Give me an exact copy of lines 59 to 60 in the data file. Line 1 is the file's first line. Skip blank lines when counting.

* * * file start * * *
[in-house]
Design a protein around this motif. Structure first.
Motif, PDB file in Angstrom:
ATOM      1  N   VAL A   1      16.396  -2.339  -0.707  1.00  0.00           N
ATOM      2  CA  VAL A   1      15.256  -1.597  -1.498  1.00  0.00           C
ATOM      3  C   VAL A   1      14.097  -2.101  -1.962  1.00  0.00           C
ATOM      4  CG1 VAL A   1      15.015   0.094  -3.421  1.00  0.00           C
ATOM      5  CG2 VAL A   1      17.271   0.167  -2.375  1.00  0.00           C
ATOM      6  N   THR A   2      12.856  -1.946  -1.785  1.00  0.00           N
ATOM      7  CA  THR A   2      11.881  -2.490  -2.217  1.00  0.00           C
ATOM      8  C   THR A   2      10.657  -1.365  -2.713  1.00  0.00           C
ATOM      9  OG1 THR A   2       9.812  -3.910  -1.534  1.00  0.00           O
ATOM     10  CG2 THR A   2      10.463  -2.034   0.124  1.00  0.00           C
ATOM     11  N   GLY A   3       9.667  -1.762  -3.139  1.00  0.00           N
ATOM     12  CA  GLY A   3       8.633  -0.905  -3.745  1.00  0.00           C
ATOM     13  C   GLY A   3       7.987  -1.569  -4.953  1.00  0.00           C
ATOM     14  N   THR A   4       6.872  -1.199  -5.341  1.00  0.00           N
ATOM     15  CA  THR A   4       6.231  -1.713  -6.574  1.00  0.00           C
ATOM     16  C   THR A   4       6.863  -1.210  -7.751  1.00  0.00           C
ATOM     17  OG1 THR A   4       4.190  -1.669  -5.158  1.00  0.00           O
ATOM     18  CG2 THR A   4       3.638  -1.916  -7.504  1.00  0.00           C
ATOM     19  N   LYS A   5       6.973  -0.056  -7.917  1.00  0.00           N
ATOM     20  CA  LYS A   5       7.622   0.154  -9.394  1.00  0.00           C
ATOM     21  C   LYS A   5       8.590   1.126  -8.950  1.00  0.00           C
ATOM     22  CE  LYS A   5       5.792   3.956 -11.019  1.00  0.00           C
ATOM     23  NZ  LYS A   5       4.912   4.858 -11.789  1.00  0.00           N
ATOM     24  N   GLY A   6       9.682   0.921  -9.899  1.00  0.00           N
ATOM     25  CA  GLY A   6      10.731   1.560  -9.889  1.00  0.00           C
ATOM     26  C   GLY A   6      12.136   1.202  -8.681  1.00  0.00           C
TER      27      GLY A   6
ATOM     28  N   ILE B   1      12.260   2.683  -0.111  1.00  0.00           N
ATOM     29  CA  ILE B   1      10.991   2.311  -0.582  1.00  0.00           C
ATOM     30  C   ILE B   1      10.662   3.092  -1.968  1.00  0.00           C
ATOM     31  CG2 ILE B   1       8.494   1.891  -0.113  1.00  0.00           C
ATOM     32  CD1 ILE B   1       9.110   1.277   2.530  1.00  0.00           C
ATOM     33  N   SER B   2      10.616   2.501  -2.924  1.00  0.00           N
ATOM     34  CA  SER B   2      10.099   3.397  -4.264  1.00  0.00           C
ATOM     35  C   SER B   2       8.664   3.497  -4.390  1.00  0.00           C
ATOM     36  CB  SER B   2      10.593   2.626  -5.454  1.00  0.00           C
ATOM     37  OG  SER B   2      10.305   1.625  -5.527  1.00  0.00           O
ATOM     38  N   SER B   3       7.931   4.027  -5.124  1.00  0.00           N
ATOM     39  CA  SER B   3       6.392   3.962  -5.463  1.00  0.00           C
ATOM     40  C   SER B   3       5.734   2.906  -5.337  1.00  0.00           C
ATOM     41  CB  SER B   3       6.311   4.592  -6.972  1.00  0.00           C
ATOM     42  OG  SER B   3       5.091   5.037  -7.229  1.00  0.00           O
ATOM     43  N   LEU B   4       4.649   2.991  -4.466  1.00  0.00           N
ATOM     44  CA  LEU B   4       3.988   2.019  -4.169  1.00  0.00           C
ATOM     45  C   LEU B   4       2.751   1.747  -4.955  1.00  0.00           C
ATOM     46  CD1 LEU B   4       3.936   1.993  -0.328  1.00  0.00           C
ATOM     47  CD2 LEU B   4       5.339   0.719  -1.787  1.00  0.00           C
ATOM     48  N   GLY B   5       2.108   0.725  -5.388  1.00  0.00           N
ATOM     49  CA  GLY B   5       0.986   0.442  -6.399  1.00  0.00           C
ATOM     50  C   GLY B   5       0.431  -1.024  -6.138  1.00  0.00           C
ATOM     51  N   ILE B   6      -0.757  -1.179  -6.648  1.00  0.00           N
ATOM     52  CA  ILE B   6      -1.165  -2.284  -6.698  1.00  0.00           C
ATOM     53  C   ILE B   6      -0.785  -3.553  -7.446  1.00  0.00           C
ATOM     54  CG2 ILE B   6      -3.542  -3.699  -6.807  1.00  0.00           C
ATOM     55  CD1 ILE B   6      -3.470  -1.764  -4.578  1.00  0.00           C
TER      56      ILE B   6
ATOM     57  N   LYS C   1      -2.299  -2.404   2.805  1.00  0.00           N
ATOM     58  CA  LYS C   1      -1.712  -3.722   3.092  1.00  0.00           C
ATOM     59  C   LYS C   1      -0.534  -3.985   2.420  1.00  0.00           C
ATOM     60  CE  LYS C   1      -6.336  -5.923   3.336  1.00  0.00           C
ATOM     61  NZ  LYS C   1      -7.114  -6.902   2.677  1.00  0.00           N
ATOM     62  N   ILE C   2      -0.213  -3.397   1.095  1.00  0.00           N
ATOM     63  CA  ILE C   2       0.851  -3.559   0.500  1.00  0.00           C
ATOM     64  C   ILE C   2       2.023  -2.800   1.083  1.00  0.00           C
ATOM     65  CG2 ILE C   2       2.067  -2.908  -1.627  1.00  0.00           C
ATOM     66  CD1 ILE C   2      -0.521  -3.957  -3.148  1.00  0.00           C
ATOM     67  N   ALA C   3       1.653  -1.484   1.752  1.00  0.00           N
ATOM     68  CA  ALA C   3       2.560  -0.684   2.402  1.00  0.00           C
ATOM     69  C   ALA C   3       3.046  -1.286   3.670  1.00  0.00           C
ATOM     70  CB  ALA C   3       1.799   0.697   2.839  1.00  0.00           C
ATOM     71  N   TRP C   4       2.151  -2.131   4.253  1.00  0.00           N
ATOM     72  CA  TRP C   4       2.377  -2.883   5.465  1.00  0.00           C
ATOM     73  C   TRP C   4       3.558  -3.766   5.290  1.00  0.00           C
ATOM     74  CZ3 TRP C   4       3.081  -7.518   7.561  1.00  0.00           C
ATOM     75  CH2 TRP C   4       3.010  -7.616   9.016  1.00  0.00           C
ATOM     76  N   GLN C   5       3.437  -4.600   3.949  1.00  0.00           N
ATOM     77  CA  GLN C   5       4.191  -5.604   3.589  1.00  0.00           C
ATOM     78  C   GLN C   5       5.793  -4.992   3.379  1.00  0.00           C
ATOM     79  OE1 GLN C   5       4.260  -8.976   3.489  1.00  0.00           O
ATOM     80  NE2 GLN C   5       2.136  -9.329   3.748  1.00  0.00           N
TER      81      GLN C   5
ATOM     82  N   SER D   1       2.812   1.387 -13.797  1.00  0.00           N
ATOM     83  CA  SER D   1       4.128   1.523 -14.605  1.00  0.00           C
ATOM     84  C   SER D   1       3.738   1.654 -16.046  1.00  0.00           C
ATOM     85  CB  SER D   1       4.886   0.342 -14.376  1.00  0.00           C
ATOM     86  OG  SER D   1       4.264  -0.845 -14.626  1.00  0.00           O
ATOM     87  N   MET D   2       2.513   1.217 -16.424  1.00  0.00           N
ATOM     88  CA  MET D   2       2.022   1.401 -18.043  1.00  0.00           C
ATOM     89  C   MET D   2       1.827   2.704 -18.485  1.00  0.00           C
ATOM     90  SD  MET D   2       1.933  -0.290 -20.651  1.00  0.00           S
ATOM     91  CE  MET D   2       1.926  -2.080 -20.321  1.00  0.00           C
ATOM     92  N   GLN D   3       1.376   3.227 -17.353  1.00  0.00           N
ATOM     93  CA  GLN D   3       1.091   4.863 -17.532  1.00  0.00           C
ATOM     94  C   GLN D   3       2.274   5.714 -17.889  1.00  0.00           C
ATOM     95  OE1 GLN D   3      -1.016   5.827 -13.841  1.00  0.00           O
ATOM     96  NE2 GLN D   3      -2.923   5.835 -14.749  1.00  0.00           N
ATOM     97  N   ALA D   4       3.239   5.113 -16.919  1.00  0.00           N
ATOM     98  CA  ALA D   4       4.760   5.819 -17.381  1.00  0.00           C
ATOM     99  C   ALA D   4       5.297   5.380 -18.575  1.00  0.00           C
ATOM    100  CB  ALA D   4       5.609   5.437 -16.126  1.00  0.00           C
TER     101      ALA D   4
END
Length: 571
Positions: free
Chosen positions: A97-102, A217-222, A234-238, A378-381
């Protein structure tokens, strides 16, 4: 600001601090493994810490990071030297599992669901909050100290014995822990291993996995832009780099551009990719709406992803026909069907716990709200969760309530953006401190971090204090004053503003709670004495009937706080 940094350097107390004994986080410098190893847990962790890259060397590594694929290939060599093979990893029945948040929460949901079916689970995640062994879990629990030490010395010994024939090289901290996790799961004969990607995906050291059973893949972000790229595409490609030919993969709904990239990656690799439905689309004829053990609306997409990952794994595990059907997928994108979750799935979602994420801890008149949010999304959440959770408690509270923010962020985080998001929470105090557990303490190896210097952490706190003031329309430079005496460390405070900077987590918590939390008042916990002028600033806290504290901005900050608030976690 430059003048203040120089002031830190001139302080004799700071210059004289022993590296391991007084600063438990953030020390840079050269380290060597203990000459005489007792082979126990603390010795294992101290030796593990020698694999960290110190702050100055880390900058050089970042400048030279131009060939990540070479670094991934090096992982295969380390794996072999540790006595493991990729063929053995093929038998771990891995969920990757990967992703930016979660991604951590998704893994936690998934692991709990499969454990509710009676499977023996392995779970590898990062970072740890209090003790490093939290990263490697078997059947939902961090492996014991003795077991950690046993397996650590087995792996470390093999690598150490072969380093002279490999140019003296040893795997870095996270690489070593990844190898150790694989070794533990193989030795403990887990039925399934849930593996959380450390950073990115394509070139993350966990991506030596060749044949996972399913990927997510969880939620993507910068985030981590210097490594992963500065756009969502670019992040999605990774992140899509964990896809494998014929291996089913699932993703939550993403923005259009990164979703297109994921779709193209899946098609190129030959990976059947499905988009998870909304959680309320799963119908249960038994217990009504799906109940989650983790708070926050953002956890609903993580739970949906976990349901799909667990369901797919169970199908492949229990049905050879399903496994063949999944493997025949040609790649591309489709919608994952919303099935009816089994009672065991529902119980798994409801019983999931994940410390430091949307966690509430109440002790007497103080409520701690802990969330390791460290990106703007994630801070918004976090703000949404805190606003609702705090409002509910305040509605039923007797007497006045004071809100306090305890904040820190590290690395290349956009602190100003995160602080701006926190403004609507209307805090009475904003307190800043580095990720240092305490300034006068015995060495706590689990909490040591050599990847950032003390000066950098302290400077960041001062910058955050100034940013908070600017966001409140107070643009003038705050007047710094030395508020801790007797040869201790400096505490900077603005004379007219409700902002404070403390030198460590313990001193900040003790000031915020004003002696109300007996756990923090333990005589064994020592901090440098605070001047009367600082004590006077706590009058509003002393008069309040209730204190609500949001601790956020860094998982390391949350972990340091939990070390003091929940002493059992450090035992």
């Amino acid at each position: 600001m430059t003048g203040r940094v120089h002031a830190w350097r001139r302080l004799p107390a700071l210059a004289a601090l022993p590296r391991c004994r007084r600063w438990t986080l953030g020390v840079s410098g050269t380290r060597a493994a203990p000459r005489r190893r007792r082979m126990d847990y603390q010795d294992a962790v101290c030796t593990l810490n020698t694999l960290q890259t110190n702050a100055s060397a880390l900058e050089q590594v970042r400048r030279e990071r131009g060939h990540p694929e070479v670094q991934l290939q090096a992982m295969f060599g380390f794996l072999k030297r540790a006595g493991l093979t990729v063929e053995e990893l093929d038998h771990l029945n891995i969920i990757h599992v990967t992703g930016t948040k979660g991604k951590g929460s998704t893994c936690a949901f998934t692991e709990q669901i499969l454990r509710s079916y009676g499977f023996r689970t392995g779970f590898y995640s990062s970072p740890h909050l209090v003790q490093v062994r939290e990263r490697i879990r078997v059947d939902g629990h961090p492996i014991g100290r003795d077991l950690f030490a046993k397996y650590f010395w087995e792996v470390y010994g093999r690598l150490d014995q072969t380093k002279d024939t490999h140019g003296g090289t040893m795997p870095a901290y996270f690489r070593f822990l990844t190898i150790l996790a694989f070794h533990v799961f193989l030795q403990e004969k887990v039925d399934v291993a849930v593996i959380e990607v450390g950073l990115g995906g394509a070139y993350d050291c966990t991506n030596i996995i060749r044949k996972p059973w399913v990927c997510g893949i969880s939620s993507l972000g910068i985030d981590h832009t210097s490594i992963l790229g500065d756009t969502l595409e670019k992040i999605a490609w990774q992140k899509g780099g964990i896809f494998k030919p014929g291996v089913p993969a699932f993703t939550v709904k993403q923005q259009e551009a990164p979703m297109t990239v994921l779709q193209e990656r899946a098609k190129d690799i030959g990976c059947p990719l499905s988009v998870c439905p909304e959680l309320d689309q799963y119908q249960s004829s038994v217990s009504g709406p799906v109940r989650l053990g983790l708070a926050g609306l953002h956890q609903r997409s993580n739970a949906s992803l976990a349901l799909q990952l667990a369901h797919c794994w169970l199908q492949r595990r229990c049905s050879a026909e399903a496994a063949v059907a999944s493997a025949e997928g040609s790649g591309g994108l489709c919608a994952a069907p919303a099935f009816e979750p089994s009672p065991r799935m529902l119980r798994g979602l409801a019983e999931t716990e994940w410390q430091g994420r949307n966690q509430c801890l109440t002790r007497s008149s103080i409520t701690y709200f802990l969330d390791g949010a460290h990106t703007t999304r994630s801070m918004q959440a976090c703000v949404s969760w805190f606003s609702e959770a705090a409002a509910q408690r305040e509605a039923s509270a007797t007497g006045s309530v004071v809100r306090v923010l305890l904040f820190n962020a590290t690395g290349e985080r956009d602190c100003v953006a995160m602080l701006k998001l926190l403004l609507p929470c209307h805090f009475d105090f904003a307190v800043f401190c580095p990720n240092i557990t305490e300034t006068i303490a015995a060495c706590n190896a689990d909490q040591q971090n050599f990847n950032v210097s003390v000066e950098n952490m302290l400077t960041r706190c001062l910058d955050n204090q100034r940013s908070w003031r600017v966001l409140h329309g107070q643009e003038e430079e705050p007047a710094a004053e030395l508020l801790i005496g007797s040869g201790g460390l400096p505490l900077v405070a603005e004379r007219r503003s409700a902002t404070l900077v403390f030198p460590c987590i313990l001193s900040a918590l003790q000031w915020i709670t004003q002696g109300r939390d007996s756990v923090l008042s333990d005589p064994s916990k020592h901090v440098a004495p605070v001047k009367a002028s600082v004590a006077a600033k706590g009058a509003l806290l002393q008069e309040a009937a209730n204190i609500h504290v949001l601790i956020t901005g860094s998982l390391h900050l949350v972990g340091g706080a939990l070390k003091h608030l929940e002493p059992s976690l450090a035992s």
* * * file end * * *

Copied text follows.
TER      56      ILE B   6
ATOM     57  N   LYS C   1      -2.299  -2.404   2.805  1.00  0.00           N